Improvisation is a creative interpretation of a given situation that tells a new story. It sounds like architectural design. The rules of interaction that make improvisation work seem to be useful to the creative design process.
(These rules came from the improv encyclopedia: http://improvencyclopedia.org/references//5_Basic_Improv_Rules.html
1. Don't Deny. Always say yes
Accept the situation that is given. Embrace it, interpret it, move it forward.
In acting, scenes die when an actor refuses or ignores a situation proposed by his or her partner. Example: Player A: I'm at a zoo looking for my lost ferret. Player B: This isn't a zoo, it's an airplane and I'm a pilot.
In architecture a design dies when the architect denies the situation of site and inhabitation. Situation: The site faces south on a busy street with traffic. Architect: I'm going to design a sculptural form for quiet contemplation.
2. Don't ask open-ended questions
Make proposals, interpret, ask 'What if..."
In acting, asking questions like "Who are you?" add nothing to the scene and put the burden on your partner to answer. It's a form of wimping out.
In architecture, entering a discussion empty-handed with open-ended questions like "What do you want?" puts the burden on the client to design the building. It's wimping out. Always have something to show, something to offer, a conversation starter, even if you have very little information and are asking for more.
3. You don't have to be funny - or original.
Think hard and be honest.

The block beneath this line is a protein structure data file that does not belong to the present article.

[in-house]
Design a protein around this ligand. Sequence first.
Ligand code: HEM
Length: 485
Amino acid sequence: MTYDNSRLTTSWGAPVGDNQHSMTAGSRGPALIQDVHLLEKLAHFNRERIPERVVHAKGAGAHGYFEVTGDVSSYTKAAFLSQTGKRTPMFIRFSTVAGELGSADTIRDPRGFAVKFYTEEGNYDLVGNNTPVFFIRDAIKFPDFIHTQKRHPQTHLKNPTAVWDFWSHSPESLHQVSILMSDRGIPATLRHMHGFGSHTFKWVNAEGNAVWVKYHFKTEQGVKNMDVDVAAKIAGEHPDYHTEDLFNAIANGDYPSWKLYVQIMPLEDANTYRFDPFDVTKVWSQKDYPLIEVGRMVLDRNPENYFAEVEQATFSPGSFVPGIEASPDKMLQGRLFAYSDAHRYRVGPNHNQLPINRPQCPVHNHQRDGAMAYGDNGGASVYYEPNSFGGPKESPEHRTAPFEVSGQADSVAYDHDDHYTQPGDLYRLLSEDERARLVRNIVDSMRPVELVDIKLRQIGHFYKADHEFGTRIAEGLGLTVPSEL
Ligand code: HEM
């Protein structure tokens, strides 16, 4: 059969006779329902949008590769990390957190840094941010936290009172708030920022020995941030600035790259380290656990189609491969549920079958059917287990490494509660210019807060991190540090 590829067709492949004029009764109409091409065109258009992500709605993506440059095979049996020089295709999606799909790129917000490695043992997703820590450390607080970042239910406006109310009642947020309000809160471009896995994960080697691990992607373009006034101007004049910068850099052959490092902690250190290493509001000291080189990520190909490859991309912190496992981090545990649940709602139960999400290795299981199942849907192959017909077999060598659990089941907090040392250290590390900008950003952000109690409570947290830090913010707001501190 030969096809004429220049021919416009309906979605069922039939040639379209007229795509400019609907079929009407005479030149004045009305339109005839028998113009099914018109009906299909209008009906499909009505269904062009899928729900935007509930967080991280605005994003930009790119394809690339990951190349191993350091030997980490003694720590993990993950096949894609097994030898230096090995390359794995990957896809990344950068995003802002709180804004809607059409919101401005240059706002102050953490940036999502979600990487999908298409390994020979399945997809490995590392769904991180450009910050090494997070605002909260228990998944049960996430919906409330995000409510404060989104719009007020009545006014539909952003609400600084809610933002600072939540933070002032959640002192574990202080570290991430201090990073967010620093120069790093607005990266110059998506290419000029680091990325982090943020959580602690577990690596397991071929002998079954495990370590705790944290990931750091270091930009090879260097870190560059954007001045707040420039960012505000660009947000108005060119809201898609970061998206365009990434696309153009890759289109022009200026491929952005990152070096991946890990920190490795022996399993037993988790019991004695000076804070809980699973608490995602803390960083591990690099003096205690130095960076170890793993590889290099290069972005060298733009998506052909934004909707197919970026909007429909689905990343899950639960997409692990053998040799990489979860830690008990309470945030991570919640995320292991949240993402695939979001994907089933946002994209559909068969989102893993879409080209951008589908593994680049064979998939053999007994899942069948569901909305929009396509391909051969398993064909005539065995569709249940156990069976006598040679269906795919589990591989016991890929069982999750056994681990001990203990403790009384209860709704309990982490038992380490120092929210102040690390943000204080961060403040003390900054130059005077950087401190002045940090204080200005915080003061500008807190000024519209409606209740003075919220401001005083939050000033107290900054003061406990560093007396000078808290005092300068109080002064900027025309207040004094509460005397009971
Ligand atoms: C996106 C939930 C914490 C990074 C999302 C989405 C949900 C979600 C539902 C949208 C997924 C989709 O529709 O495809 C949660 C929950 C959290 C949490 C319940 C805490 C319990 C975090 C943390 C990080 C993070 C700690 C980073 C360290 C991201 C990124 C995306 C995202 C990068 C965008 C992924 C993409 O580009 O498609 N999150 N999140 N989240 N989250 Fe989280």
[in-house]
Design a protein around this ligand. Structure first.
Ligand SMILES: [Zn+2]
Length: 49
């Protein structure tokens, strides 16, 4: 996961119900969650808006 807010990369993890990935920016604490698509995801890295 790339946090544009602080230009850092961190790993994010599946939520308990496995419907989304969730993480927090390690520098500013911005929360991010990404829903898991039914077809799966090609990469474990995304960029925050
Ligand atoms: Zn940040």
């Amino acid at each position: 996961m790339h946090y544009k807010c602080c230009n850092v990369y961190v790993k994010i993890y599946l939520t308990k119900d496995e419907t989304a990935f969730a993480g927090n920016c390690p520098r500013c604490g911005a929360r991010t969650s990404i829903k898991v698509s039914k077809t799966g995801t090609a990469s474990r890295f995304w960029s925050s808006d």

In acting, the harder you try to be funny, the less funny the scene is.
However if you interpret a scene thoughtfully to find the true ironies within it, the funny will come out all by itself.
In architecture, the harder you try to be original, the more trite your design. However, if you interpret the situation thoughtfully to find its true potential, the originality will come out all by itself.
4. Make your partner look good
The better you support your partner, the better the scene and the better you look.
In acting, creative dialogue is the goal. The more you support your partner's creativity, the more you will have to draw on. Usually, this means picking the good bits out of your partner's contributions and building on them, even as you leave the less good bits behind. A good partner will do the same for you.
In architecture, when everyone else looks good, you win. If your design makes the client's decisions smart and the contractor's work skillful and the inhabitant's actions gracious, then you succeed. Usually this means intense dialogue that builds on each other's strengths.
5. Tell a story
Improvisation works magic when the actors can make sense of a random set of circumstances and tell an interesting story (a shoe salesman and a lawyer driving a cab in the forest).
In acting, each partner proposes a narrative that the other accepts and builds on, so that a story emerges, which neither partner conceived beforehand.
In architecture, the situation of site, program, environment, and budget present a complex set of circumstances. The architect leads the design process by proposing, modifying, redesigning, clarifying and rethinking in discussions between all partners until a project emerges that makes sense of the circumstances. If the partnership works well, the project sings.